JUST FOLLOW THE TRACKS!

By Norris Chambers

             Until I was seven years old we lived in an area where it never snowed. My mother told me about snow and how pretty it was. She said the ground was covered with it and that when you walked in it you left tracks. I could visualize tracing the tracks of wild animals after a snow and catching them. The wild animals I had in mind were rabbits because that was about the only kind of wild animal I knew of. I did know about the moles that traveled underground and left the surface of the ground ruffled where they went. They were considered a field pest because they damaged the vegetable crops. I didnít think they would leave much of a trail in the snow.

            We didnít get very hot there in the summer and she told me about the weather getting so warm where we moved from that the wind was hot and very uncomfortable. I had a hard time imagining wind that was hot. That was almost as hard to imagine as white powder that was very cold and covered the ground.

            When we moved back to Brown County in 1924 I was anxious to see some of these marvels of nature. I remember my mother and dad loading the old Model T truck with all the stuff it would hold and driving away before daylight one morning. Before we got very far we had a front tire go flat. Before my dad got it fixed it was well past daylight. I remember many of the four hundred miles we traveled. We stopped and ate by the side of the road and when night came we spread some bedding on the ground and slept. I guess we were lucky that it didnít rain. On the fourth day we got to the old farm that my parents had left in 1918.

            It was late August when we arrived and I got a little sample of the hot weather, but none of the hot winds my mother had told about. I was seven years of age after the school term started and I would not be able to start to school until the next year. I had a whole year to explore the country and get acquainted with all these strange things.

            There was considerable talk about Christmas and my mother said she was glad that we had not had much cold weather. If it took cold weather to bring snow I was ready for a little cold weather. I was really looking forward to tracking down some wild game. My dad explained to me that there were some years that it just didnít snow. It had been cloudy all day and a little cold. I asked if it were cold enough to snow. I was told that it was cold enough if everything else was right.

            It was beginning to get dark and I was on the porch looking out at the cloudy sky. Suddenly I saw a tiny white speck drifting downward and then another. Could this be snow? It must be because it looked like the descriptions of snowflakes that I had heard. While I was thinking about the snow that surely was here I was summoned to supper.

            When I entered the kitchen I exclaimed, ďItís going to snow tonight!Ē  My dad asked me how I knew. ďI just know!Ē I told him.

            The next morning the ground was white just like the snow pictures I had seen. I was quick to announce that snow had arrived. My mother asked how I knew it was going to snow when I told them last night. I said that I just smelled it in the air. I never told anyone that I had seen a few flakes falling before supper.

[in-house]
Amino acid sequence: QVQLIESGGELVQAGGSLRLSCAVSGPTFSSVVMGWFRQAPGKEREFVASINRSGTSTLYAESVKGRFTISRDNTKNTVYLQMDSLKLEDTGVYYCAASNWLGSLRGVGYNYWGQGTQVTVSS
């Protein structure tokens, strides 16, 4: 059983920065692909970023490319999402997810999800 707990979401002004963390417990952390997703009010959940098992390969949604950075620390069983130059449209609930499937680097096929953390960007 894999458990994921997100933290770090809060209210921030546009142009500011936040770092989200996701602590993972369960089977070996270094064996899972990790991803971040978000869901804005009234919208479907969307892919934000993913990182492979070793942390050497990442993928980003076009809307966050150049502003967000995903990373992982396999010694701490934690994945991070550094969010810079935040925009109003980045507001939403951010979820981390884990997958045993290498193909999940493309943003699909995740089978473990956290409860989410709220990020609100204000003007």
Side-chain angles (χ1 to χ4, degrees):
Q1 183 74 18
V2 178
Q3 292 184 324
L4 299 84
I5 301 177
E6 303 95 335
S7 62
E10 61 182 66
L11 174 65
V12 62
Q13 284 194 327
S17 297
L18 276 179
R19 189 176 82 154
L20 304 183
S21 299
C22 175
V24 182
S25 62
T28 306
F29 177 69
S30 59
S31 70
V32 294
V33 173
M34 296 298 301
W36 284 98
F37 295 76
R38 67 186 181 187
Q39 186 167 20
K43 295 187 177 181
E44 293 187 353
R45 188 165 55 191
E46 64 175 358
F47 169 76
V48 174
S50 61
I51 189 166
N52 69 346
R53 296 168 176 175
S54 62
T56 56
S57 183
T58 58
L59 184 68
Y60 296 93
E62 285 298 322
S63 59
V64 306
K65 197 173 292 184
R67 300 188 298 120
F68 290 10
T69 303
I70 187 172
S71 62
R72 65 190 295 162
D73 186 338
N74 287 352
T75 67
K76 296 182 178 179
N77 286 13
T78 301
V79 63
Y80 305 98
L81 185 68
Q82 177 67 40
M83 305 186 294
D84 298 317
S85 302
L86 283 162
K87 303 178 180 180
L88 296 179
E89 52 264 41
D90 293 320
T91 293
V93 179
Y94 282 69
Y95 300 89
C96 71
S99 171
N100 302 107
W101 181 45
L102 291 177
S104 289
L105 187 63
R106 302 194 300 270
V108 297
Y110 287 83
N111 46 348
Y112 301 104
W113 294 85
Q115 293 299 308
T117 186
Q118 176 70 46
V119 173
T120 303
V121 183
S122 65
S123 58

I didnít lose any time finishing breakfast and making my way toward the field where I had seen several rabbits hopping about. I was about to track some real wild game as I had hoped to do.  I was a little disappointed when I saw so many tracks. I couldnít do any tracking there because there were so many paw prints that I couldnít find any single set to concentrate on.             There was just one thing to do. Find an area where there were not so many rabbits and then look for a single set of tracks. I headed for an old rock fence on the east side of the field and began looking for some tracks. I soon found a nice set traveling north along the fence. They didnít look exactly like rabbit tracks, but I wasnít particular. I began tracking in earnest and soon the trail left the rock fence and headed into the brush on the east side of the field. It was a little harder to track here because there were places where the snow had been deflected by the trees and did not cover the ground. I managed to follow the tracks for two or three hundred yards and then they stopped at the base of a big post oak tree. There was snow on the ground and I could not find tracks leaving in any direction. About eight feet up from the trunk there was a hole in the side of the tree.  Could this be where my wild beast had gone?

            By placing a couple of logs against the tree I was able to climb up it enough to look in the hollow inside. When I stared down into the hollow hole a snarling face stared at me with sharp teeth showing. I made a hasty retreat and headed for the house. When I described the vicious animal I had tracked and escaped from I was informed that it was only a Ďpossum and that they were not considered dangerous animals.

            That was my first view of a Ďpossum. Clifton and I hunted and skinned many of them in the years ahead. It was a good source of spending money since the hides were in demand. We knew the location of dozens of possum trees and during hunting season we found enough of them to make a little spending money. We thought Ďpossum hunting was fun but itís been over seventy-five years since Iíve skinned a Ďpossum. I know now that there are other things that are more fun.